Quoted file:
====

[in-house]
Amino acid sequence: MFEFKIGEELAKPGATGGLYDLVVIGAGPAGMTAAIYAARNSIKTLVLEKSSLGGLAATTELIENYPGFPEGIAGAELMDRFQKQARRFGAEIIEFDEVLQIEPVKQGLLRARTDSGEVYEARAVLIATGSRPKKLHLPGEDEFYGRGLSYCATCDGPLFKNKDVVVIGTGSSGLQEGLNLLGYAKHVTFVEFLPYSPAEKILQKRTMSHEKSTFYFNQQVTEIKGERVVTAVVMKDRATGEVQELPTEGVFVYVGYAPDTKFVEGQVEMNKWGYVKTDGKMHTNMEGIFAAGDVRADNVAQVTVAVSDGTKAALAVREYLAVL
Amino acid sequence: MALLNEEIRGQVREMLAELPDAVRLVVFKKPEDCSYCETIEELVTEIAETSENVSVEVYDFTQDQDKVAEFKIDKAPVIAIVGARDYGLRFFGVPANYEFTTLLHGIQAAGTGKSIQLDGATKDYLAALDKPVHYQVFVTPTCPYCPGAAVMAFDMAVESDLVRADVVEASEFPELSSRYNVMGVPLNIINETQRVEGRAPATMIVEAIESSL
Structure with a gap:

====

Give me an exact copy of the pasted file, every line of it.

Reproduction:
[in-house]
Amino acid sequence: MFEFKIGEELAKPGATGGLYDLVVIGAGPAGMTAAIYAARNSIKTLVLEKSSLGGLAATTELIENYPGFPEGIAGAELMDRFQKQARRFGAEIIEFDEVLQIEPVKQGLLRARTDSGEVYEARAVLIATGSRPKKLHLPGEDEFYGRGLSYCATCDGPLFKNKDVVVIGTGSSGLQEGLNLLGYAKHVTFVEFLPYSPAEKILQKRTMSHEKSTFYFNQQVTEIKGERVVTAVVMKDRATGEVQELPTEGVFVYVGYAPDTKFVEGQVEMNKWGYVKTDGKMHTNMEGIFAAGDVRADNVAQVTVAVSDGTKAALAVREYLAVL
Amino acid sequence: MALLNEEIRGQVREMLAELPDAVRLVVFKKPEDCSYCETIEELVTEIAETSENVSVEVYDFTQDQDKVAEFKIDKAPVIAIVGARDYGLRFFGVPANYEFTTLLHGIQAAGTGKSIQLDGATKDYLAALDKPVHYQVFVTPTCPYCPGAAVMAFDMAVESDLVRADVVEASEFPELSSRYNVMGVPLNIINETQRVEGRAPATMIVEAIESSL
Structure with a gap: